Rudeness manipulation check (6 Items from Foulk et al., 2016)
Same as in Pilot study, reported by participants.
(1 = Strongly disagree to 5 = Strongly agree; α=.95)
Manipulation Materials in Study 3
Running Head: Rudeness and Anchoring 58
Negotiation Task
Prices of classroom textbooks have risen rapidly over the last ten years. In an effort to save
money for their students, many professors at your university work with the university bookstore
to secure less-expensive, e-book versions of the texts used in their classes.
Professor Jennings in the management department at your university approaches you and
asks you to negotiate with the textbook publisher over the price of an e-book version of the text
Organizational Behavior by Bussen, Gale, and Humphrey (BGH).
Before you start a negotiation with the publisher you need to consider the following
points:
The hardcopy version of the BGH textbook costs $250.
Professor Jennings will not accept a price for the e-book that is more than 80% of the
price of the hardcopy.
While Professor Jennings prefers the BGH book, if the price is not right, she will
consider using another e-book by Shao, Alterman, and Shin (SAS).
The price of the SAS e-book is $100.
The profit for your campus bookstore is fixed at $5 per e-book, and Professor Jennings
has a large class of 1000 students.
Students can purchase the SAS book directly from the publisher but have to purchase the
BGH book from the university bookstore.
You suspect that the publisher of the BGH book may be willing to sacrifice the sales of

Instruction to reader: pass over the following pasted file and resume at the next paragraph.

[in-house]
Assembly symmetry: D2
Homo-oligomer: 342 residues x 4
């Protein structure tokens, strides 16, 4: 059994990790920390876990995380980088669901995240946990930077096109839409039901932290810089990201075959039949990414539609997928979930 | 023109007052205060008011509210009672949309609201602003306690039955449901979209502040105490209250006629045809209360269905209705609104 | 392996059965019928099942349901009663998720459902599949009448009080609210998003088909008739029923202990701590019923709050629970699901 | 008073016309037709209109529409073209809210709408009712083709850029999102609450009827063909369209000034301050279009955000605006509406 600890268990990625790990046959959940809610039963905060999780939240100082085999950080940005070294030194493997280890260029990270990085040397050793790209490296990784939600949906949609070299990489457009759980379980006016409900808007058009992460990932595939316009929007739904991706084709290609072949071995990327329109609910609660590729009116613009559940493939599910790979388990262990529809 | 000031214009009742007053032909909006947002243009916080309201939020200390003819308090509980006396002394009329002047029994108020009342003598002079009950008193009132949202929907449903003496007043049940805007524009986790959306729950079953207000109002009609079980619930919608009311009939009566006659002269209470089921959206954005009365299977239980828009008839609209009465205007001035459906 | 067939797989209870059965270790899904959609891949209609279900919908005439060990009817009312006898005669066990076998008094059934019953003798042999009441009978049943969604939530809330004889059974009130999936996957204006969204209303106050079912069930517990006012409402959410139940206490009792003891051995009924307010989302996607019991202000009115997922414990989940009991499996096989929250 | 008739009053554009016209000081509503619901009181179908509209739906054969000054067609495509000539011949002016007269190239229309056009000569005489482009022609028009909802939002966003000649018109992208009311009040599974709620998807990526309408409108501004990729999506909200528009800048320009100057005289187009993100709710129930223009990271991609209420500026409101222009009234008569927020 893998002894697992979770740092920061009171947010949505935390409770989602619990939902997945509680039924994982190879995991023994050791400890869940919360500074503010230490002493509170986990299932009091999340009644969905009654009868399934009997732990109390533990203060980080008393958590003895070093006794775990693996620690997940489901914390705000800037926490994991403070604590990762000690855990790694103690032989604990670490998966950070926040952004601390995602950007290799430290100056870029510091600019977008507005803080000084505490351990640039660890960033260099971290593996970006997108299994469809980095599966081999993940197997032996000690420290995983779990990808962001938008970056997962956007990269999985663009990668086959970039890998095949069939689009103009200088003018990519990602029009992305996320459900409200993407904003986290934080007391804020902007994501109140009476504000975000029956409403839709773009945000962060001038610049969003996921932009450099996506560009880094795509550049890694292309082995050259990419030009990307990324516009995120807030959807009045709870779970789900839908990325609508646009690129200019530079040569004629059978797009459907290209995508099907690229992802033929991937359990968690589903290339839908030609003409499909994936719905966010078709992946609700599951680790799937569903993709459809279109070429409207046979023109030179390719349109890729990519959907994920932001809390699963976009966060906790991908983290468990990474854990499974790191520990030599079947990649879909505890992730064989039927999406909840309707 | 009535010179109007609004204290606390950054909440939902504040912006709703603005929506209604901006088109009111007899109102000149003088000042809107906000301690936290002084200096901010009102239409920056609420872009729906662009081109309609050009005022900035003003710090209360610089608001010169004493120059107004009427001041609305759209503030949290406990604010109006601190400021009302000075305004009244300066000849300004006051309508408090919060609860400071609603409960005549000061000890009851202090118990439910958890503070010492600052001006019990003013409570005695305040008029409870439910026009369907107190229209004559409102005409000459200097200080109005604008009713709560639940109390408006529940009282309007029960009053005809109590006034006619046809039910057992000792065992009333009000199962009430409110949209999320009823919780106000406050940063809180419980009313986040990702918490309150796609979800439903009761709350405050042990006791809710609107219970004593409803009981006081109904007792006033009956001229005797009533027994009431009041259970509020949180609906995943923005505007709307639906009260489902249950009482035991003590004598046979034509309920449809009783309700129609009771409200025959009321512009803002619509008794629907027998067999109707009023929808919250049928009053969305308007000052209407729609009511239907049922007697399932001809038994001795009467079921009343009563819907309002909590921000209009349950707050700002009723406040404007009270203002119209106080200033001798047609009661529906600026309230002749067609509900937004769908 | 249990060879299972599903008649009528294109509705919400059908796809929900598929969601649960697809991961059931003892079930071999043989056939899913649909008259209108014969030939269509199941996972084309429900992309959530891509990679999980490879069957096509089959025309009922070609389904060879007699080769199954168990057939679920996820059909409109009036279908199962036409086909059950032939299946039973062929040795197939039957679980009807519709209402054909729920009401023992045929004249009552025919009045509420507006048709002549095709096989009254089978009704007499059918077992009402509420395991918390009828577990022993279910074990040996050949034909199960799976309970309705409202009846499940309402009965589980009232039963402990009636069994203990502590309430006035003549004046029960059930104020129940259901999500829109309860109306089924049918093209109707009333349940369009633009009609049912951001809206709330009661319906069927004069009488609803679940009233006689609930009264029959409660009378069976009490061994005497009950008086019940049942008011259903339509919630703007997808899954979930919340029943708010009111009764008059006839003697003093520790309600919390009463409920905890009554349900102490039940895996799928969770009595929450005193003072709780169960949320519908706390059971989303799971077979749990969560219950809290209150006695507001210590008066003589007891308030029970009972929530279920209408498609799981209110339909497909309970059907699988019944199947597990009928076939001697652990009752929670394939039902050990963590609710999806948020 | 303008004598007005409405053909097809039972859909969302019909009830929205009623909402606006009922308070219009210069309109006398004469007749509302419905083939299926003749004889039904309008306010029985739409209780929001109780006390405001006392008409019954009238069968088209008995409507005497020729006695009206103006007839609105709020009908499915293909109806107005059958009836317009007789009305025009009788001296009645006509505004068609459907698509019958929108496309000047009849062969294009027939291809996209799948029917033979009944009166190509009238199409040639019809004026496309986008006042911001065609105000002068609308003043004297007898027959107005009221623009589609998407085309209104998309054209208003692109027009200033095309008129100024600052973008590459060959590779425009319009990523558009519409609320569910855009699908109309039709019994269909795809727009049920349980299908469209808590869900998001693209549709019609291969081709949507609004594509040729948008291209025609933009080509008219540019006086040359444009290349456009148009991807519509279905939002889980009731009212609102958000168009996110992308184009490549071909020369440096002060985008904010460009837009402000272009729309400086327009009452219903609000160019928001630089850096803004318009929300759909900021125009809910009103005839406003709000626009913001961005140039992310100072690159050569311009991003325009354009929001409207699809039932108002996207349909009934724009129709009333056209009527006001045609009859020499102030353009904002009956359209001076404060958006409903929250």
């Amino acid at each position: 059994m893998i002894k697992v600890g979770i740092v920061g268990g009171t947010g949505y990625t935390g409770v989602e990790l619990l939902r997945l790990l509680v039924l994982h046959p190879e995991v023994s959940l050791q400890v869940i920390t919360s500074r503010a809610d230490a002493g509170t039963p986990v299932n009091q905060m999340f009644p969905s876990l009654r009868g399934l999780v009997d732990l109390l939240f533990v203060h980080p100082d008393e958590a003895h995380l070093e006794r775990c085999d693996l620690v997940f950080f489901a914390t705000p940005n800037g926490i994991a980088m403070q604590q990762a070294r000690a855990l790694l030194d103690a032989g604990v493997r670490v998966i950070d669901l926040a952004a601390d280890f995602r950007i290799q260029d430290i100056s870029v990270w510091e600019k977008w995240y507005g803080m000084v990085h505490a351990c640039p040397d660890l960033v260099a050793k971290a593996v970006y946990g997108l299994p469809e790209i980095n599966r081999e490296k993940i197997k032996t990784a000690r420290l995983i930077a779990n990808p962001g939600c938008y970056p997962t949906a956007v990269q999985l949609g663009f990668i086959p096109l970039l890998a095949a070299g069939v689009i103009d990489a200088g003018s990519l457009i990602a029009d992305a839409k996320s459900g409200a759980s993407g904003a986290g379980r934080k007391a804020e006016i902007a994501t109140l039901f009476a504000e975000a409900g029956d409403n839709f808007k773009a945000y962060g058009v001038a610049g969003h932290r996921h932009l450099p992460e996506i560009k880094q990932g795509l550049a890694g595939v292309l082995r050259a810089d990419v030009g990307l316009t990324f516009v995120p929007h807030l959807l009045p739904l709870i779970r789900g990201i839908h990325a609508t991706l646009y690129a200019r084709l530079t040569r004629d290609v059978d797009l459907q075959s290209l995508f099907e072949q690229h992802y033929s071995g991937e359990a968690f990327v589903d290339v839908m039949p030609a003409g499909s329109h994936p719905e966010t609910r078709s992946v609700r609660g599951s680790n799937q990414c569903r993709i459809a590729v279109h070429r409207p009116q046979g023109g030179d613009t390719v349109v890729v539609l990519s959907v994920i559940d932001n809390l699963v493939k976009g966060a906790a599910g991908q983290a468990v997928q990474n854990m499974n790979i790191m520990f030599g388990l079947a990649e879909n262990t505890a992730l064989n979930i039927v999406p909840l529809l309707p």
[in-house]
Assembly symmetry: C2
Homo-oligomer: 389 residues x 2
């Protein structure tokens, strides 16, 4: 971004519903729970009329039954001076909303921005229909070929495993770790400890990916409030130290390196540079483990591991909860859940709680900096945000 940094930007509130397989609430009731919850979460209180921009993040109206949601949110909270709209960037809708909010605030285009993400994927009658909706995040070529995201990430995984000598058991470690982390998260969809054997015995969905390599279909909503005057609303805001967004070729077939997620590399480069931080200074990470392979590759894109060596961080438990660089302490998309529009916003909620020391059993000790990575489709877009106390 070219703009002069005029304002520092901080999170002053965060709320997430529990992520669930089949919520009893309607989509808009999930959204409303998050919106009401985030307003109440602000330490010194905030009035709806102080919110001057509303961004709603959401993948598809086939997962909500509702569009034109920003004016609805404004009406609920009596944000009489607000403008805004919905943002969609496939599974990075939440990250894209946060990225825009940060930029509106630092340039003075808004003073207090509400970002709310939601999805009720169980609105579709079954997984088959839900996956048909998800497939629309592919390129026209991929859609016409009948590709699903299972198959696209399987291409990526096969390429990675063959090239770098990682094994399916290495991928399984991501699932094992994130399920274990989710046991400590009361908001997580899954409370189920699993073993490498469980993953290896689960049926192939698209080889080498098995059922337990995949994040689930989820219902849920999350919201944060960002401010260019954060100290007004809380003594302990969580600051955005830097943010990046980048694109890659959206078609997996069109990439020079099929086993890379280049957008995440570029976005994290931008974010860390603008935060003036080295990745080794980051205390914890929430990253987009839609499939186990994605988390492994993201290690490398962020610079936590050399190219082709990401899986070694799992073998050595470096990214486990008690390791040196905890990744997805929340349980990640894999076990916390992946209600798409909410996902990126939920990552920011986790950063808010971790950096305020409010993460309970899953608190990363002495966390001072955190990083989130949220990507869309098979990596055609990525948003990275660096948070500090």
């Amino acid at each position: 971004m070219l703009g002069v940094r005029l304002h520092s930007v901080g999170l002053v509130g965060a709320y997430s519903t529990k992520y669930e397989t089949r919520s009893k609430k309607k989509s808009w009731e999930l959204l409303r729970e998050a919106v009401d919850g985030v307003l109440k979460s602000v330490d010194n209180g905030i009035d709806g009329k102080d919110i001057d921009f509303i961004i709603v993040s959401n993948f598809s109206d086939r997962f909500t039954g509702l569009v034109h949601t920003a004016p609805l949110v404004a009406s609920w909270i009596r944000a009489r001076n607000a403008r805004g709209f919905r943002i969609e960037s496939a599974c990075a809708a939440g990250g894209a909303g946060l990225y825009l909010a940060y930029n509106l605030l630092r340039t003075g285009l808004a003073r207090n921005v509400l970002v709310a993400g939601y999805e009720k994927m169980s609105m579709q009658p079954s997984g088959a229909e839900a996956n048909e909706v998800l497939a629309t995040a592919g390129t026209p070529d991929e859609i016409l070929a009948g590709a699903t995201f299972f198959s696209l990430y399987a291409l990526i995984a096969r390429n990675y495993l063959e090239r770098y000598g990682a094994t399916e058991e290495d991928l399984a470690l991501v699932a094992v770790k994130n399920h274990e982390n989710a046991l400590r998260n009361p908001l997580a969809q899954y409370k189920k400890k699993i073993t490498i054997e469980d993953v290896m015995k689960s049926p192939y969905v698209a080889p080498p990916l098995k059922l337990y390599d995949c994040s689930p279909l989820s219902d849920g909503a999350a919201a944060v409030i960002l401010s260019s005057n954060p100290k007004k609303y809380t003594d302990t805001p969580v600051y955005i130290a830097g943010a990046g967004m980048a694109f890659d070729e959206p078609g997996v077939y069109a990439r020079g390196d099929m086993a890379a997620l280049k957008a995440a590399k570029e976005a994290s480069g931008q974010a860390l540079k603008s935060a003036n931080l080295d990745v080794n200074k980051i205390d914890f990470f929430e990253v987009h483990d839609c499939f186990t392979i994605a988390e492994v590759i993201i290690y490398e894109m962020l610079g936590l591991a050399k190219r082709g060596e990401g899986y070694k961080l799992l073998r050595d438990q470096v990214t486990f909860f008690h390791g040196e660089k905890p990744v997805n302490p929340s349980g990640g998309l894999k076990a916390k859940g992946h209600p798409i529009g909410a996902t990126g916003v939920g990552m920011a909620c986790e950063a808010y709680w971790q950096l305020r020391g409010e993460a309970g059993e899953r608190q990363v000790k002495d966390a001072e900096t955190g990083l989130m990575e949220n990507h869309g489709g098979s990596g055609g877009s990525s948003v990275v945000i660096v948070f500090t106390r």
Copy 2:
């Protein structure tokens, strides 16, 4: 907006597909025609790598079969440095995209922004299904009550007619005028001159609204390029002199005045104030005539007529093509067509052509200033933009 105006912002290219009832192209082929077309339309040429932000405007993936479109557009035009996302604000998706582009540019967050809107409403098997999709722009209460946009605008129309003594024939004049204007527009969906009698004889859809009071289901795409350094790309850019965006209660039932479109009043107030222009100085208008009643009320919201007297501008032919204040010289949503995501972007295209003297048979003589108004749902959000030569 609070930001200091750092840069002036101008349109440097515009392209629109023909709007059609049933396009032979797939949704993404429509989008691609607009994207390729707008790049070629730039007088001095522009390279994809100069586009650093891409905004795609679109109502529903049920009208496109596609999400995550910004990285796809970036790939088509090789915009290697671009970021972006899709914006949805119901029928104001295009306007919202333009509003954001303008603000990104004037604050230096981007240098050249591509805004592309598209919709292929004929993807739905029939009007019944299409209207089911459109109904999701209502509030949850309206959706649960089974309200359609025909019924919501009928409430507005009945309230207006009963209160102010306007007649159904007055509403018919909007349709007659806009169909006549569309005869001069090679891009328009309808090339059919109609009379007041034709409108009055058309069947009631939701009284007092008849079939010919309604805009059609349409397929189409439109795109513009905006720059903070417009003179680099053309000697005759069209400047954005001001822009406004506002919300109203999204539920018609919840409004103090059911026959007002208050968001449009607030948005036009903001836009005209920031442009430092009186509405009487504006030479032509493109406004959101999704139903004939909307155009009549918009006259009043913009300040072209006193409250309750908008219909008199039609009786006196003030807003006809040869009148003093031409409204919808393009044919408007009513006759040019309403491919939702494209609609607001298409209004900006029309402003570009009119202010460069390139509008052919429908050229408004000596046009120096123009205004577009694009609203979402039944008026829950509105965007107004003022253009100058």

the BGH e-book to your bookstore if the price is too low.
Rudeness Manipulation
Running Head: Rudeness and Anchoring 59
In the control condition, an audio recording the customer said: Oh, okay. I thought it was 7
because it was on the table with the other $7 books, but I see the price tag now. $13 is a little bit
too much; I dont think Ill get it.
In the rude condition, the customer said: What kind of bookstore is this? Are you all a
bunch of idiots who work here or something? Theres a sign there saying all the books in that
area are SEVEN DOLLARS. Its not that complicatedyou put the price on a book, and thats
what it costs. It doesnt take a genius to do that, but maybe thats asking too much from someone
who works at a bookstore. Forget it; I dont want it.
Measures in Study 3
Negative Arousal (4 items from Watson et al., 1988)
Same measure used in Study 2
(1 = Not at all to 5 = Very much; α=.92)
Information elaboration manipulation check (3 Item measure, self-developed)
1. I thought of information that helped me determine my counteroffer
2. I thought of information that helped me achieve my goals from the negotiation
3. I thought of information that was important for the success of the negotiation
(1 = Not at all to 7 = Very much so; α=.86)
Rudeness manipulation check (6 Items from Foulk et al., 2016)
Same as in Pilot study, reported by participants.
(1 = Strongly disagree to 5 = Strongly agree; α=.94)
Running Head: Rudeness and Anchoring 60
Table 1. Hypotheses Tested and Confirmed in the Three Studies
Study
1
Study
2
Study
3
H1: Rudeness will be positively related to negative arousal.
X
X
X
H2: Negative arousal will be positively related to anchoring.
X
X
X
H3: Negative arousal will mediate the relationship between rudeness and anchoring.
X
X
X
H4: Perspective taking will moderate the relationship between rudeness and negative
arousal, such that the rudeness positive effects on negative arousal will be reduced for
those high in perspective taking in comparison to those low in perspective taking.
X
X
H5: Perspective taking will moderate the indirect relationship between rudeness and
anchoring through negative arousal.
X
X
H6: Information elaboration will moderate the relationships between rudeness and
negative arousal, such that the rudeness effects will be reduced for those who exhibit high